How Long Should I Soak my Air Plant?

I give my air plants an hour-long bath to make sure they receive the water they need. I do this on a weekly basis during the summer when it’s warmer and roughly every three weeks throughout the winter. I enjoy using rainwater because I live in a rainforest. But you can also use regular tap water! To let the chlorine vaporize, simply leave the water out for 24 hours.

Simply take the air plant out of its current container and place it in a bowl of water after that. The basin needs to be big enough for the plant to fully submerge. After a half-hour or so, remove it from the bath. To make sure that water isn’t gathering in your air plant’s leaves while it’s upside down, give it a couple gentle shakes. After that, return the plant to its location. It’s that simple!

Make Sure Your Air Plant has Air!

Even though it might seem simple, your air plant requires oxygen to survive. There are numerous pictures of air plants being kept in tightly sealed jars floating about, and they make me scoff since plants cannot survive in that kind of environment!

The answer is simple.

You can continue to preserve your adorable jar terrarium, but be careful to keep the lid slightly ajar or open to allow air to flow freely.

Remove Dead Leaves

A sick air plant should also have any dead leaves removed by gently tugging on them to check if they fall off. They are dead if they are simple to remove. Unfortunately, you have a dead air plant that has already perished if the entire plant crumbles when you do this.

Your air plant will survive, though, if only a few leaves fall off and the interior leaves are green and healthy-looking.

Look at the Tips of Your Air Plant

Try using rainwater or unchlorinated water as mentioned above if the tips of your air plant are starting to turn brown. Your plant may not be getting enough water if you are not giving them chlorine yet they are still turning brown.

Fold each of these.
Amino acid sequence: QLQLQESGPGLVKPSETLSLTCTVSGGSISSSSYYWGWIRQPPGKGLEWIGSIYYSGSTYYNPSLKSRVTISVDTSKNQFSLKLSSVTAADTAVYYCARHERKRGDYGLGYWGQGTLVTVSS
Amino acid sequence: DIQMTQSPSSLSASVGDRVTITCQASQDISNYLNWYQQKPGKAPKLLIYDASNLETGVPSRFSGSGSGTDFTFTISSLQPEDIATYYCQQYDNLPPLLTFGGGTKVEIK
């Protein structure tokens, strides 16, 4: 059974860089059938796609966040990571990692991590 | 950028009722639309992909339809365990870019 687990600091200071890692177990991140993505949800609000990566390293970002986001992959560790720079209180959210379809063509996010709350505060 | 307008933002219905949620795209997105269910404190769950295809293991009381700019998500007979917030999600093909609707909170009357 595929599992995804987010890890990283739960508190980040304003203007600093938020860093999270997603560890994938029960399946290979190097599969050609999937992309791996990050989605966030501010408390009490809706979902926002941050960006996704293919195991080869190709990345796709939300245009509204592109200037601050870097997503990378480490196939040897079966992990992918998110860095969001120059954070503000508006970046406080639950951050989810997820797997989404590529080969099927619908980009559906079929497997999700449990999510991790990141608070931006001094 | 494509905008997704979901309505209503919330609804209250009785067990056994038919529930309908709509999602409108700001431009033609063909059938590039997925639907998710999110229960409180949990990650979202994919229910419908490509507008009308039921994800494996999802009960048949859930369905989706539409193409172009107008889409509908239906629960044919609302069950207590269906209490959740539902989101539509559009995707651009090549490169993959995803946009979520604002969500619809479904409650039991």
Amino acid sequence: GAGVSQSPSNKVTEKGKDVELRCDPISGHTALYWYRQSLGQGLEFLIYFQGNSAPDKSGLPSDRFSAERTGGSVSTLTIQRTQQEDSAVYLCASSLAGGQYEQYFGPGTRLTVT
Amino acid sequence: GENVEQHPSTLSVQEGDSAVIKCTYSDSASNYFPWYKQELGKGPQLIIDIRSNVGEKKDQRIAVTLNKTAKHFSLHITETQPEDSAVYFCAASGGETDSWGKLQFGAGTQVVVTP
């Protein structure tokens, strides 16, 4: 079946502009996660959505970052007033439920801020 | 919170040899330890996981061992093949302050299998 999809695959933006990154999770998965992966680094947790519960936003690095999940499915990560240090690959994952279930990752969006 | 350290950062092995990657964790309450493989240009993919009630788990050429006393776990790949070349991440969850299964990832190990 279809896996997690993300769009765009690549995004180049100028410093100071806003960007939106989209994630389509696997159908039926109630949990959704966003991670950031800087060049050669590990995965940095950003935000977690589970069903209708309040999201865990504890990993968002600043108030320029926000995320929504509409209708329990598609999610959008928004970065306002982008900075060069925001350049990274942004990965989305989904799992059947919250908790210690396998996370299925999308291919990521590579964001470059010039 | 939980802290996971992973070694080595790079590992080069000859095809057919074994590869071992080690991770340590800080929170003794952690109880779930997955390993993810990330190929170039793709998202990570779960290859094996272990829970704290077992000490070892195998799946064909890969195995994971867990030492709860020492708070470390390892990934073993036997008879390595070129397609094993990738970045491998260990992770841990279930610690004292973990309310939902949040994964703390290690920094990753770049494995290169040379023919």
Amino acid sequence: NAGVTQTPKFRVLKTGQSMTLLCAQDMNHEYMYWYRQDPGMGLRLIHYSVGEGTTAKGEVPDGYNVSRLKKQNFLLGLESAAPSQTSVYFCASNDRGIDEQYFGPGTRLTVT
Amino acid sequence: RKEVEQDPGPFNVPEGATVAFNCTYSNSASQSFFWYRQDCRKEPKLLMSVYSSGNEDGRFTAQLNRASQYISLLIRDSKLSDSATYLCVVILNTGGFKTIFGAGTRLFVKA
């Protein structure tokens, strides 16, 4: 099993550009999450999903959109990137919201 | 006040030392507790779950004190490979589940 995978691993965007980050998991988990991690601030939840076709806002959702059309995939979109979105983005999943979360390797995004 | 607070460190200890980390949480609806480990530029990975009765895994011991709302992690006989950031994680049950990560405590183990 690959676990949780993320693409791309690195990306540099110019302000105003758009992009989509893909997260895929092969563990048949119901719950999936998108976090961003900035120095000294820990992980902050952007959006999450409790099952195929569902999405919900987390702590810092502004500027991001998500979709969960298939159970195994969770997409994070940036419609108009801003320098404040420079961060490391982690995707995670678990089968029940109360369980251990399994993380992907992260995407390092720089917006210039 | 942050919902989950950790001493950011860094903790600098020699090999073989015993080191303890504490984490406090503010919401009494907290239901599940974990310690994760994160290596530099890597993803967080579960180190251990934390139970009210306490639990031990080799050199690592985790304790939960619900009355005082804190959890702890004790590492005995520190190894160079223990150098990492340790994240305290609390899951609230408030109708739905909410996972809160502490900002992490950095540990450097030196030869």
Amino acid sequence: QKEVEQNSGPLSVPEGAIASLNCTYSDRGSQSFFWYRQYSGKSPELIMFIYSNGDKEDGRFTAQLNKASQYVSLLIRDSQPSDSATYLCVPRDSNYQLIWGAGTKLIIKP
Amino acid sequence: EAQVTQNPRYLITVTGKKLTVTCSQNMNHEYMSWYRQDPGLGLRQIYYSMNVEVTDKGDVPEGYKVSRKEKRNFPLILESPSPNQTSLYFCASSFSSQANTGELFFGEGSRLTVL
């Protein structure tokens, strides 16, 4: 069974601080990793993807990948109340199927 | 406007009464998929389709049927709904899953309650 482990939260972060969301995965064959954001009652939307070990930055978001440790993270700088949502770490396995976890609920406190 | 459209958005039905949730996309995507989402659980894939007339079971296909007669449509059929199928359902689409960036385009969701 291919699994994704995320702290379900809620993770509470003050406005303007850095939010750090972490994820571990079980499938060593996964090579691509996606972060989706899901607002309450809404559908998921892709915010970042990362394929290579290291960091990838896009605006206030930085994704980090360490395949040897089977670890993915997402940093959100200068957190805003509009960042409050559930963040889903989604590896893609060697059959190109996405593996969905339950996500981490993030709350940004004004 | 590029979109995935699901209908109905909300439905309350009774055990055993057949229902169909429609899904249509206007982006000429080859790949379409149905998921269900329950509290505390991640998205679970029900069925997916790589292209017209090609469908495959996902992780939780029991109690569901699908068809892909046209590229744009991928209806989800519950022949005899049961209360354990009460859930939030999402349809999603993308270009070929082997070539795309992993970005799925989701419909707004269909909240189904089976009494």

After giving them an overnight bath, make sure you give them baths more frequently.

What if my Air Plant Falls Apart?

You have a dead air plant on your hands if your green air plant just falls apart. This probably happened as a result of spending too much time in water that was left standing or from not adequately shaking off after a bath.

Reread the section about watering, and the next one will undoubtedly go more smoothly.

Are air plants able to regrow?

What could be better than a cute little family of lovely air plants? a sizable group of air plant puppies and plants! Your air plants will soon begin to grow little since they wish to pass on their genes “pups at their foundation. As your family of air plants expands, these genetic copies will eventually develop into a new plant that can be removed and grown separately, saving you money!

An air plant will begin its reproductive process by developing a very small leaf after the first bloom cycle “at its base, a pup. After birth, the bloom cycle can last anywhere from six months to several years. When it comes to caring for air plants, patience is unquestionably a virtue. They appear to take their sweet time with everything. You can promote puppies in a number of ways, but we’ll get to that in a moment.

These puppies mark the beginning of a brand-new air plant that will grow, blossom, and reproduce pups of its own in the future. Pups are a simple way to expand your collection of air plants, even if they can also seed and propagate traditionally. Allow the cute little puppies to reach a size between one-third and half that of their mother. They don’t function well on their own until they have a little more maturity.

These pups would remain tethered to the mother plant until it passed away in the wild. This will result in stunning air plant clumps. It’s not necessary to remove pups if you wish to let them develop naturally. Large balls of plants are extremely sought-after and hard to come by. They look particularly nice when planted in trees and can be hung with wire or rope.